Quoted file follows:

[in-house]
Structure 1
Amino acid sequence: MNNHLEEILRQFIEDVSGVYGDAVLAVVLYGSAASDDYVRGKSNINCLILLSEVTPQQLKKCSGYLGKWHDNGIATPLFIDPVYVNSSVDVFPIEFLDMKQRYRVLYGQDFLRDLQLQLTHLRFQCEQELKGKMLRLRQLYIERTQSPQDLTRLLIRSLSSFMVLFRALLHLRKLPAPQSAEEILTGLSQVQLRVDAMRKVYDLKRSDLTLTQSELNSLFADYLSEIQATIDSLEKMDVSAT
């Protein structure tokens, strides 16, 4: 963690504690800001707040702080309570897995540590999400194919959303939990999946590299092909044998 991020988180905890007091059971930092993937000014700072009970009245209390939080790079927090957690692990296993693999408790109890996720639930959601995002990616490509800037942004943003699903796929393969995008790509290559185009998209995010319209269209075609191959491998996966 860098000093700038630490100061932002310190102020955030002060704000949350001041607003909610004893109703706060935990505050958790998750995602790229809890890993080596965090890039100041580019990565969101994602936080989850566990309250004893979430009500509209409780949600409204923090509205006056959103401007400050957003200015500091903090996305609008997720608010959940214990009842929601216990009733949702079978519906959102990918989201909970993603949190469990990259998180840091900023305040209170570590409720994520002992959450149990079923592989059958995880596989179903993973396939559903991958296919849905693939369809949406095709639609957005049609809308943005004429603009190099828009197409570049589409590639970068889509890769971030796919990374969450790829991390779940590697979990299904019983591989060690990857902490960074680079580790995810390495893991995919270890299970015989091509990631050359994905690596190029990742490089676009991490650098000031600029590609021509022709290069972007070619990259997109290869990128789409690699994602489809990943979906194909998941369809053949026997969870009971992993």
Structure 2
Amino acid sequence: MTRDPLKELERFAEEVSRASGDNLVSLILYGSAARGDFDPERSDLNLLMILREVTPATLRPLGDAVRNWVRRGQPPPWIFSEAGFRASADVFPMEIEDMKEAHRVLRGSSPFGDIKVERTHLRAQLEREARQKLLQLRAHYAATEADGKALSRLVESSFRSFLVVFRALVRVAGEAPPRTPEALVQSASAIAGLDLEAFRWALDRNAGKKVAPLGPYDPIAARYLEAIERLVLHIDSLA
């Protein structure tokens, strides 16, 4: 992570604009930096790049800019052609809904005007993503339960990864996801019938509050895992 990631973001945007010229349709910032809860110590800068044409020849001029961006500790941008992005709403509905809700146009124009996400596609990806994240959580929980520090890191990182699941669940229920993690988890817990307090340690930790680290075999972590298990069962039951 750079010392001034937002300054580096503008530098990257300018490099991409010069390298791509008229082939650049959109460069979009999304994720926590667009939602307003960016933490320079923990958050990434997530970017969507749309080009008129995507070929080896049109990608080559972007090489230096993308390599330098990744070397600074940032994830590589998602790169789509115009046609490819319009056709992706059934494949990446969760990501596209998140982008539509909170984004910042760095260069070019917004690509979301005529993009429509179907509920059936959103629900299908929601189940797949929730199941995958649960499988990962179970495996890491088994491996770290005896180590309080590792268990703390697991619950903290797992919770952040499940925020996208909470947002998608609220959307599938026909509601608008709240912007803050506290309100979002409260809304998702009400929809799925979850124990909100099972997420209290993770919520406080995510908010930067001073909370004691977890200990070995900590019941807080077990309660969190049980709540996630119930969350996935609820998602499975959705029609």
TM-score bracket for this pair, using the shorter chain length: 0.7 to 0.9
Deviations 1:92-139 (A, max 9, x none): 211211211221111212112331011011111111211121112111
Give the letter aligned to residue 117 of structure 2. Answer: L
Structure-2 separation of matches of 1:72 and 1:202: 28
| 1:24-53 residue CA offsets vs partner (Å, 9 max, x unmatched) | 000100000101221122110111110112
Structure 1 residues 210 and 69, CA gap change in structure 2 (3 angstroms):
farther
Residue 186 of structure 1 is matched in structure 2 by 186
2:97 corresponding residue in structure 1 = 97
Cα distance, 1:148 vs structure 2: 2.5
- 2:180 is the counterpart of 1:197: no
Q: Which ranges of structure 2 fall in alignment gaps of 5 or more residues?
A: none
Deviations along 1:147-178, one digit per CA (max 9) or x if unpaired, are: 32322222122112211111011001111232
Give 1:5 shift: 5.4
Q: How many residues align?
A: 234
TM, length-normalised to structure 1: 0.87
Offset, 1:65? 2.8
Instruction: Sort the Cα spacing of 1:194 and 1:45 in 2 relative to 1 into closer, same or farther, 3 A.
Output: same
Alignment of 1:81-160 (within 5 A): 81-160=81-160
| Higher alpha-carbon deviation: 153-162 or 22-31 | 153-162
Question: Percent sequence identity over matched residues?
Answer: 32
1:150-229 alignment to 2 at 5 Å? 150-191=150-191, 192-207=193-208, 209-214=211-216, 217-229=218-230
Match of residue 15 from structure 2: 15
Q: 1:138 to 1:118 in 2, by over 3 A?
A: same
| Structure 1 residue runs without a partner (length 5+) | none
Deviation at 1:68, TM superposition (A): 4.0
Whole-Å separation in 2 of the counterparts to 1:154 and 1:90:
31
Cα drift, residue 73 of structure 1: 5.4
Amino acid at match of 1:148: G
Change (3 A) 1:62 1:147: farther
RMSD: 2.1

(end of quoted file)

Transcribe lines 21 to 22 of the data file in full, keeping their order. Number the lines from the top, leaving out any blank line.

Deviations along 1:147-178, one digit per CA (max 9) or x if unpaired, are: 32322222122112211111011001111232
Give 1:5 shift: 5.4